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The sweet sounds of a violin make it feel more like home

Violinist Anna Pearlman plays to a four-legged audience -- and she wouldn't have it any other way.

WESTBROOK, Maine — The  Animal Refuge League of Greater Portland has just begun to allow some volunteers and a few visitors back in to their building - and they've continued (through the pandemic) the work of finding forever homes for the animals in their care. 

Volunteer Anna Pearlman had an idea she wanted to try – and she had no way of knowing if her music, and her violin might make an impact in the most unlikely of places. No sooner had she put bow to string when she had her answer, and she is now back to her weekly routine of playing a quiet concert for a canine audience. 

"It’s a constant parade of people through there. The reaction of the dogs are ‘Hi! Nice to meet you! Let me out! I wanna say hi!” so it’s not a lot of down time for them when we’re open to the public," say Jeana Roth, the ARLGP's Director of Community Engagement. 

The dogs are hopeful that maybe that smiling face passing by their enclosure just might translate to a forever home.  "As much as we want to be a home like environment this is not home. A shelter environment is naturally more stressful for an animal. It’s not a living room with a couch and a person to snuggle. We love each of them like they are our own, but this is not a substitute for a home." 

Life in the shelter is anything but peaceful. But on Wednesdays, things around the shelter have taken on an entirely different tone.

Anna Pearlman knows the impact music can have on people, which is in part what inspired her to reach out to the Animal Refuge League to see if they’d let her perform for some of their four-legged residents. "I really just wanted to try it one time just as a trial – because what if they started freaking out!" she says.  And with that, she showed up with her instrument in hand.

"There’s four different corridors in there – so I first started and I would move around a little just to see  - mostly so that all the dogs could see what that noise was."

At first - It was hardly music to the pups’ ears. But that did not deter Anna. "I didn’t know what to expect. But I do know animals respond really well to music."

"This gives them a little bit of peace and quiet on a day when we’re not open to the public, so it’s not a constant stream of visitors. It’s a moment of pure quiet in there for them, which just helps to enable them to shut their minds off and just sleep and rest," says Jeana. 

Credit: NCM
Music sets the dogs at ease while they wait for their forever homes.

For those two hours  - as the notes from a quiet concerto drift through the space, you can see – one by one – the dogs pausing, letting go, simply giving in to the music and the peace.  As the shelter violinist, Anna plays for a new audience each week  – most dogs are not here too long before they find their forever home. But Amber, well – Amber’s a different story.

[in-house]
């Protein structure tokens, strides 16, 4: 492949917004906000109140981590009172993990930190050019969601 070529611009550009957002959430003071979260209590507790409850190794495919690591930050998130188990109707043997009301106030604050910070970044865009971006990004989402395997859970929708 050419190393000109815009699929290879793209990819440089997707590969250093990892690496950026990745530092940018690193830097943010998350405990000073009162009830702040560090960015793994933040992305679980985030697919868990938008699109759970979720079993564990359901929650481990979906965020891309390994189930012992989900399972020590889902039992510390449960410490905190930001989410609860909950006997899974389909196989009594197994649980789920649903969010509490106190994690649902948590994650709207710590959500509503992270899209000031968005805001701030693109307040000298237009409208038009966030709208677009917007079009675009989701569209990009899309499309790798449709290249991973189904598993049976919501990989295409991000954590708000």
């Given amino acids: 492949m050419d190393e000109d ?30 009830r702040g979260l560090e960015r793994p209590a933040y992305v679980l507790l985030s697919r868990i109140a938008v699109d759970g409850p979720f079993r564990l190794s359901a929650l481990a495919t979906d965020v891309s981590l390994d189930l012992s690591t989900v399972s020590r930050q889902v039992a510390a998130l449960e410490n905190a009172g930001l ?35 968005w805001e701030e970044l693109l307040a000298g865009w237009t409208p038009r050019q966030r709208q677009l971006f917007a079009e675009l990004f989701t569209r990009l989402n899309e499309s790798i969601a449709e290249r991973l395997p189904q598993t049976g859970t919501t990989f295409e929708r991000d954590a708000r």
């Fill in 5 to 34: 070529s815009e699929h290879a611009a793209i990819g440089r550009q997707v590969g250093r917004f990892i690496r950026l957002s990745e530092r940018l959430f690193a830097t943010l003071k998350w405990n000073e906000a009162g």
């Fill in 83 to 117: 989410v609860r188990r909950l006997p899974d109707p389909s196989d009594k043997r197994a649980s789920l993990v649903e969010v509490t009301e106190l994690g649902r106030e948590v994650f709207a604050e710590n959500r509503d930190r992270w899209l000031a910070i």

"Everywhere I moved, she was the only one left barking. Finally, I just set up right in front of her. And played. And she barked and barked. Probably ten minutes in, the barks got fewer and farther between, she eventually actually just curled up and went to sleep."

Jeana say, "I think for long term dogs like Amber who she sits in front of and really connects with -  it’s hugely impactful for a dog like that. Amber’s been with us several months looking for a home.  Dogs learn to predict things, Amber recognizes Anna at this point – so when Anna comes in and sits down, Amber’s no longer stressed or reactive to the stranger, she recognizes Anna and she enjoys what Anna is providing to her."

"It inspires me to play with more emotion and more heart. Because I know that it just directly effects them. You can’t always tell what people are thinking, but the dogs are …it’s pretty obvious when they finally lay down in their beds and curl up and go to sleep." And for Anna Pearlman, who routinely plays with the Portsmouth Symphony and the Southern Maine Symphony – there is no other concert hall that she’d rather perform in.

"This is the best audience though…this is better than any…it’s the best."

Anna is the concert master of the Southern Maine Symphony, and also performs with the Portsmouth Symphony. For more information, click here. To learn more about the work of the Animal Refuge League of Greater Portland in Westbrook, click here

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